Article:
Feb 20th 2008

Izzy/Lee

Posted in Izzy, Lee


Izzy waiting for Lee

February 20, 2008 – Got a call from one of the day nurses that Lee, the very depressed Alzheimer’s patient Izzy and I had visited several times in the past month, had come into the common room at the nursing home where she had been living for many months now, and turned to one of the nurses and said “Where’s Izzy?” The nurse was surprised, as Lee rarely spoke, especially in recent weeks. Lee asked where Izzy was several times and so she called me asked if we might stop by before dinner.
Lee is not a hospice patient, so Izzy and I were off the books.
Izzy continues to surprise me. We came into the nursing home a little before 7 p.m., and Izzy went straight to the corridor in front of Lee’s room, where he had last seen her. She wasn’t in the room, so Izzy lay down in front of the door, above. How, I wondered, did he know where we were going, who we were going to see?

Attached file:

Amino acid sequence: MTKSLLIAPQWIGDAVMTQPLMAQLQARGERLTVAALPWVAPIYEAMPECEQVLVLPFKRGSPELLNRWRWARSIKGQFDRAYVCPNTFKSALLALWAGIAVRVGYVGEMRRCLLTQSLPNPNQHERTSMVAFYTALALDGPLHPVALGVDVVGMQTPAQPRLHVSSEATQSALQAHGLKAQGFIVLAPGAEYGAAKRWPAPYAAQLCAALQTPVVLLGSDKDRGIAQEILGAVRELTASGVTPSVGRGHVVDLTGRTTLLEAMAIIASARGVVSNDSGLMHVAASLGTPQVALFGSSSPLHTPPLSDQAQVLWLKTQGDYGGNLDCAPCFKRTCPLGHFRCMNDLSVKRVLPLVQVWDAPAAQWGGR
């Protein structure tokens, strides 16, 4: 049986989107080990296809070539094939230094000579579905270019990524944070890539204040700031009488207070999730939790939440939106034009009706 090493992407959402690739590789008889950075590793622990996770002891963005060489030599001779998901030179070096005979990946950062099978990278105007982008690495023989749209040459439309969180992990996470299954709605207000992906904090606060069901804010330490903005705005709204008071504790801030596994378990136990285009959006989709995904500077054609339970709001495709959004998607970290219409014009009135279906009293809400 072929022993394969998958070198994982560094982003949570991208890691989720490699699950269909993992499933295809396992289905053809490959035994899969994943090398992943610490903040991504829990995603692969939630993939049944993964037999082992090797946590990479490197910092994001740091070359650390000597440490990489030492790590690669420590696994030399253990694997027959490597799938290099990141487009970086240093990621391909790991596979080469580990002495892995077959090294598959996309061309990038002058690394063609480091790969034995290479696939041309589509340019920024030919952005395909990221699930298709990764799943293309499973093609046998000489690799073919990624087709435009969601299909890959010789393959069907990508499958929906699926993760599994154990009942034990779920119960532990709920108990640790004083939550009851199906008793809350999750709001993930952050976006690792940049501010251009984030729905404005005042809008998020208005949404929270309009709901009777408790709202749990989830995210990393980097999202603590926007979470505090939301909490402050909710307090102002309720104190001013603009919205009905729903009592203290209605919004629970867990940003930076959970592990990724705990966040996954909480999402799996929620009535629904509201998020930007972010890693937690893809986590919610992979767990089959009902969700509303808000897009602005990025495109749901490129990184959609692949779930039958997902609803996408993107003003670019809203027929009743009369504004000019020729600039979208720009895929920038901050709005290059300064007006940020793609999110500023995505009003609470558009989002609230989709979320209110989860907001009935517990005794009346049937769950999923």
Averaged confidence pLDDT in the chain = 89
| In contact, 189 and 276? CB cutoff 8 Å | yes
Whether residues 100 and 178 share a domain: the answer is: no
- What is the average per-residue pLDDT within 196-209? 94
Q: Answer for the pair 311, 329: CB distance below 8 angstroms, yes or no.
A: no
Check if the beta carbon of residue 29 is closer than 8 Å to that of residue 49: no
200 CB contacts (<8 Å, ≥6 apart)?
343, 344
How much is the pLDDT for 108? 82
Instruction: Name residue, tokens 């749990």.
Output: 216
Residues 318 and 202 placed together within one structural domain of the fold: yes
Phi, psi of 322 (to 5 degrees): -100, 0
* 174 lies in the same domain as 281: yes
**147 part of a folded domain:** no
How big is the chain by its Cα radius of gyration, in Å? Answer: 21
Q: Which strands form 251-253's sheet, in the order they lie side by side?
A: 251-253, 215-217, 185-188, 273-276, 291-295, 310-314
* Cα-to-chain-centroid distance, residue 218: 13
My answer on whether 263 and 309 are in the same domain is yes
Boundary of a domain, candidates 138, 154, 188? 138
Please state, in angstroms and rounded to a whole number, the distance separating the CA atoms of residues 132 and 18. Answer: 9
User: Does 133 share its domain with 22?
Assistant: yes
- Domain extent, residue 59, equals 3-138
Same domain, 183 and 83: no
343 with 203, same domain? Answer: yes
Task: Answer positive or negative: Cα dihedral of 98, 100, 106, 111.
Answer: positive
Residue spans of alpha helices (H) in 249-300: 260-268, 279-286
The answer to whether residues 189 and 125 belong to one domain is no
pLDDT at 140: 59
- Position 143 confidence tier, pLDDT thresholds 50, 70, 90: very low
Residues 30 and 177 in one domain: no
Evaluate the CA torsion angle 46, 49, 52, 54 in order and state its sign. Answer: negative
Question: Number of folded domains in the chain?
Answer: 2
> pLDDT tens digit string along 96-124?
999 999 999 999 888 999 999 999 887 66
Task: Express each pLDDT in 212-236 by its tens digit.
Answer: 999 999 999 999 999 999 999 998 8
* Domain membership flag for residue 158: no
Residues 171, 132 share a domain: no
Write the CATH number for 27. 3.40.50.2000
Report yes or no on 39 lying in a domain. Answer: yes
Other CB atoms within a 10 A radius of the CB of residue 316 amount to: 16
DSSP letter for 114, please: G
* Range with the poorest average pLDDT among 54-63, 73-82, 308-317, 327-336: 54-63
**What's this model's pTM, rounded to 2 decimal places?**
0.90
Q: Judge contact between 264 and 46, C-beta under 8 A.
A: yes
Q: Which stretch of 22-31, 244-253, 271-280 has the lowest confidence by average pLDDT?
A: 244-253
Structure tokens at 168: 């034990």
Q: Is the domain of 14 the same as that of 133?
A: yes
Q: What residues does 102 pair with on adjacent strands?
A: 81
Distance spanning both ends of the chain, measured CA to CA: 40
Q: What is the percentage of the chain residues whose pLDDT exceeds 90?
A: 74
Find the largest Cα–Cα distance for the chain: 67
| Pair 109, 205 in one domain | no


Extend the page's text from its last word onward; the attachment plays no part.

After a few minutes, the nurse who had called came up and found us, and told us Lee was watching television. We went to see her. Lee saw Izzy coming, and smiled. “Izzy, you beautiful boy!” she said. “My, you have grown. You are so much bigger than before.  You used to be just a little poodle!”  Izzy seemed pleased, and put his head on Lee’s knee, clearly recognizing her. The two stared at one another for awhile, and Lee smiled, then cried a bit. We will never know precisely why, said the nurse. Nor will we know what part of her Izzy touched and brought back to life, and made her smile, then cry.
Visiting these patients with Izzy has changed me, altered how I look at the world and some of the people in it. Spirits, I think, do not get old, perhaps never die.

Lenore note. I’ve brought Lenore into three hospice situations. I was wrong about her not being a hospice-style dog. She seems to grasp, as Izzy does, when to be calm, to not jump or bump. This is the part of training I can’t do – teach that intuition. She goes right up to patients, wags her tail, lies down. They love her.
I can handle the rest of the training. But she has the touch, and so Friday we go to get her temperance certificate. Next week she goes to work, assuming she passes. Lenore is the light. She brings smiles and cheer wherever she goes, and she will, I think, be good at this. I doubt she will quite have Izzy’s particular touch, sensitivity, though I may be wrong.
When she was young, I didn’t want to push her against her nature. But gentle ways with people is her nature.